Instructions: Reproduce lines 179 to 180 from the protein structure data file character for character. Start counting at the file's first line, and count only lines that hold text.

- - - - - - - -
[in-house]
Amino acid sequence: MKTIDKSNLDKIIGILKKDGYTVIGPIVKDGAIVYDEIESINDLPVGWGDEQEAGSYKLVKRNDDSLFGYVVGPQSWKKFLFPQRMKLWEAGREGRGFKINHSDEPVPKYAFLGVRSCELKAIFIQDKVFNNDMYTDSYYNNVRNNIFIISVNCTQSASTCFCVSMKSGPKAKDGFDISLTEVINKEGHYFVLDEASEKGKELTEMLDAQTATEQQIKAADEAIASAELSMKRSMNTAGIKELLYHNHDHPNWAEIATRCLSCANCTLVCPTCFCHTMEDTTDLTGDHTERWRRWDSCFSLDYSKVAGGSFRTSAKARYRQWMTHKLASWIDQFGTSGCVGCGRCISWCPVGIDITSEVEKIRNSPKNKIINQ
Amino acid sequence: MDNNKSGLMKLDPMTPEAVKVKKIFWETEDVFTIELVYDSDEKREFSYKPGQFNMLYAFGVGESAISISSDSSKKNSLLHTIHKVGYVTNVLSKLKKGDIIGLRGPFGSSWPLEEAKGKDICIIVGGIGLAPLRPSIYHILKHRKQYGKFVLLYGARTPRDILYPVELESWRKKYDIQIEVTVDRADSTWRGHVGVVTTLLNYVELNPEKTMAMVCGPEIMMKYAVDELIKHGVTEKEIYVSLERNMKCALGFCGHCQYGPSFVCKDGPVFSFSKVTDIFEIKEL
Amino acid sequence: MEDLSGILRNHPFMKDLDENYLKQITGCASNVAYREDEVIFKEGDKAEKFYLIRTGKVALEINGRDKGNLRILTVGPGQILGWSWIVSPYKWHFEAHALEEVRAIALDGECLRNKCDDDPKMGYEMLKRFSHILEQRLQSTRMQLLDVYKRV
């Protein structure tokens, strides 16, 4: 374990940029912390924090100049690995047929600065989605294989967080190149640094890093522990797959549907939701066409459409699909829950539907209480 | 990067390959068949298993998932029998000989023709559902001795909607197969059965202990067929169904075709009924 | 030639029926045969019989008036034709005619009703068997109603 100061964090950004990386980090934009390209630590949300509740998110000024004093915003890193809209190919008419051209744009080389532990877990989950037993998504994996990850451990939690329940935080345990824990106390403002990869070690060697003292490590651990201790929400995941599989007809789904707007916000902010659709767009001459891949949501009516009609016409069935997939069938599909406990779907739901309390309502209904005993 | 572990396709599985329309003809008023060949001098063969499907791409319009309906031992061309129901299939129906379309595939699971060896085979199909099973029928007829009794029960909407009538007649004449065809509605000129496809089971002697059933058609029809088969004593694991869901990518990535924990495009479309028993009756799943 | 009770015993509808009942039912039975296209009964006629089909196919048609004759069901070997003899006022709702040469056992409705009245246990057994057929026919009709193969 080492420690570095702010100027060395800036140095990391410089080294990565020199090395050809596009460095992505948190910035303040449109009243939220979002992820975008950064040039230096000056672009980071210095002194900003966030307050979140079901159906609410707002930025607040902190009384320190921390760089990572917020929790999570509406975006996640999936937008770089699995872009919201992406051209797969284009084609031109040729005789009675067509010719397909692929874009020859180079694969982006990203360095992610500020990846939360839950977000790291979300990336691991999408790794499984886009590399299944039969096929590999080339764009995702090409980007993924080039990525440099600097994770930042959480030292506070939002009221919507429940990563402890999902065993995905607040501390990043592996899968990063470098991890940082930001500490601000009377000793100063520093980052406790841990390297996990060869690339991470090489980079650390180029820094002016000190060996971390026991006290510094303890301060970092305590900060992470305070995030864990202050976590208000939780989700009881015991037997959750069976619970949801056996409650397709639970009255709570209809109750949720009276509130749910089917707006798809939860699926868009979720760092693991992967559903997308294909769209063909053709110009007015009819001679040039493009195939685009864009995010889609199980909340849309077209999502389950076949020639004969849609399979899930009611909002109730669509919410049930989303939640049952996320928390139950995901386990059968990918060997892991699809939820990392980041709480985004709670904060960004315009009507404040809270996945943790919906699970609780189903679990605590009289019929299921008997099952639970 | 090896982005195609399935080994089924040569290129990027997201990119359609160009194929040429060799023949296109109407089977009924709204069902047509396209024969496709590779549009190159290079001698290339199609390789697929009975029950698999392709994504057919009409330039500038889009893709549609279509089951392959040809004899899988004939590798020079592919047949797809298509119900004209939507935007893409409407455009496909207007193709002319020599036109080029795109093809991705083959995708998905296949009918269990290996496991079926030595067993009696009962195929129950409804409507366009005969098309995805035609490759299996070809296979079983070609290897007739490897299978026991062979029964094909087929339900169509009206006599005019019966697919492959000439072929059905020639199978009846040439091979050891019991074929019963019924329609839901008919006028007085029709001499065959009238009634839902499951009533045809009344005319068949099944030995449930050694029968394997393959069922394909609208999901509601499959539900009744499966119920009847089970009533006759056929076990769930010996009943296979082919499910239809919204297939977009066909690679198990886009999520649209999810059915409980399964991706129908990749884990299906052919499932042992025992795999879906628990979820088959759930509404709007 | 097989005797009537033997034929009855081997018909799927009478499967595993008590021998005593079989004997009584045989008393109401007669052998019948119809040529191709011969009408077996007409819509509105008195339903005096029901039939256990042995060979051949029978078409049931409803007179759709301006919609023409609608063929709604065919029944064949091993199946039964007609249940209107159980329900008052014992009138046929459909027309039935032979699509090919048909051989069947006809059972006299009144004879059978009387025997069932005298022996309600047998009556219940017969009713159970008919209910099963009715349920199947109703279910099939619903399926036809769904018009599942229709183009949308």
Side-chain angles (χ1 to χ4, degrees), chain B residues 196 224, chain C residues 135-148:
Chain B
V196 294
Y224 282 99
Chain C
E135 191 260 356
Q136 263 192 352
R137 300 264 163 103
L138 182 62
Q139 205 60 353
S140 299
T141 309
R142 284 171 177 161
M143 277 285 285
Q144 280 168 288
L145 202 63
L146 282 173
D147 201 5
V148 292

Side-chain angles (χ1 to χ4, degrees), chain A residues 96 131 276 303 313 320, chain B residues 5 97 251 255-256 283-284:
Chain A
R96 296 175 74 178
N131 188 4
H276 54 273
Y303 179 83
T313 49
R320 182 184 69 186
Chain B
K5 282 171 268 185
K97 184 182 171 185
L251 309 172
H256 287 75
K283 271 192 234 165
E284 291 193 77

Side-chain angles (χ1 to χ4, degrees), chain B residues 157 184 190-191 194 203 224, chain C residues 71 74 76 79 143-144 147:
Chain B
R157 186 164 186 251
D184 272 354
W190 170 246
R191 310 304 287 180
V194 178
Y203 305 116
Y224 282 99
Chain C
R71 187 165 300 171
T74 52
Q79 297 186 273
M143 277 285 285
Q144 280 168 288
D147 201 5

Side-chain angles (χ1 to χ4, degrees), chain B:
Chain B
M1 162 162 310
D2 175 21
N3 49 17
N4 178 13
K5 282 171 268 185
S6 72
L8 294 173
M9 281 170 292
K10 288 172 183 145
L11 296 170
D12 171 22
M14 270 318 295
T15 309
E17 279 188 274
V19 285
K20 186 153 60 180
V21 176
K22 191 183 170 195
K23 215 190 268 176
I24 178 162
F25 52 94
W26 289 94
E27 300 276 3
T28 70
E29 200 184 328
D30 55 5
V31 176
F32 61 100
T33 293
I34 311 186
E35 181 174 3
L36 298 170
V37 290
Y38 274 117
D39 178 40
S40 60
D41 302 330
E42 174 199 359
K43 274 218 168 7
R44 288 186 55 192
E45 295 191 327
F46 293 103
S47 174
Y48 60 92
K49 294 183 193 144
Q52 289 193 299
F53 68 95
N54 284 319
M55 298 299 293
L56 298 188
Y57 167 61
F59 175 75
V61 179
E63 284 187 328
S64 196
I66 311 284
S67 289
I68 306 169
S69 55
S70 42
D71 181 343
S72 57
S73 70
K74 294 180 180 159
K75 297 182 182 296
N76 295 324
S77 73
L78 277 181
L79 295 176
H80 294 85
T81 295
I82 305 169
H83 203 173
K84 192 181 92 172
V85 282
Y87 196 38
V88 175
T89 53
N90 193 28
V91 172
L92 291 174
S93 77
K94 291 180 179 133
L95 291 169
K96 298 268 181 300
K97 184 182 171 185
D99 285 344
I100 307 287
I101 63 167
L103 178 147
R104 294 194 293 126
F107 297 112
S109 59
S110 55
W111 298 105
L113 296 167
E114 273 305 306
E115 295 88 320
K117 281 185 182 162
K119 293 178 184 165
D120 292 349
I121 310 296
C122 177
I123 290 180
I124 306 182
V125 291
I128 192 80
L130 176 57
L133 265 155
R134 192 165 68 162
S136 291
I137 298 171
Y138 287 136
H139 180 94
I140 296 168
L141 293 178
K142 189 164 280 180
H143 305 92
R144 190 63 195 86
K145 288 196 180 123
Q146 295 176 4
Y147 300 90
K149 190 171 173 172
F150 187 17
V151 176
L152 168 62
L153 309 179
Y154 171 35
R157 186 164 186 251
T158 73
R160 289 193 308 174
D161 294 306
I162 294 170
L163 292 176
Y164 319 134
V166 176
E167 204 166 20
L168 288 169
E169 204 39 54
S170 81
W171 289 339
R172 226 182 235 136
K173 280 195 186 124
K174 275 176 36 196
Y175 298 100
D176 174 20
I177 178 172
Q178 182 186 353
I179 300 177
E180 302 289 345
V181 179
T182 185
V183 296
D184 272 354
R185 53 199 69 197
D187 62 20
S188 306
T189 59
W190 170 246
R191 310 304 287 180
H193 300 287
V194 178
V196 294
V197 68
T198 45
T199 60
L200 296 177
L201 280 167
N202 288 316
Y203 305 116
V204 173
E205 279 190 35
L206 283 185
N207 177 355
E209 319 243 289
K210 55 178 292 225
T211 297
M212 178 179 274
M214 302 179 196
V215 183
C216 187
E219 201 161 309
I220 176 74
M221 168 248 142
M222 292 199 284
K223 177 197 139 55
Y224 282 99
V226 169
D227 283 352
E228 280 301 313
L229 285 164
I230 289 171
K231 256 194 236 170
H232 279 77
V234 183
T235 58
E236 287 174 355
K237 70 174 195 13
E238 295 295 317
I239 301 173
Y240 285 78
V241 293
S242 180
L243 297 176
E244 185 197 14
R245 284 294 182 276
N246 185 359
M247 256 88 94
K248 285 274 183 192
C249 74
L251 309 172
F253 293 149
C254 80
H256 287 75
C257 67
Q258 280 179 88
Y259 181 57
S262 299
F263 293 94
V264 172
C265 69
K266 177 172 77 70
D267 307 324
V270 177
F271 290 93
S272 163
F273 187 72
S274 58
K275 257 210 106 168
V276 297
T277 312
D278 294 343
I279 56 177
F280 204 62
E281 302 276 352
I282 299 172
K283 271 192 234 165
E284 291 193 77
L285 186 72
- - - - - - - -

Y147 300 90
K149 190 171 173 172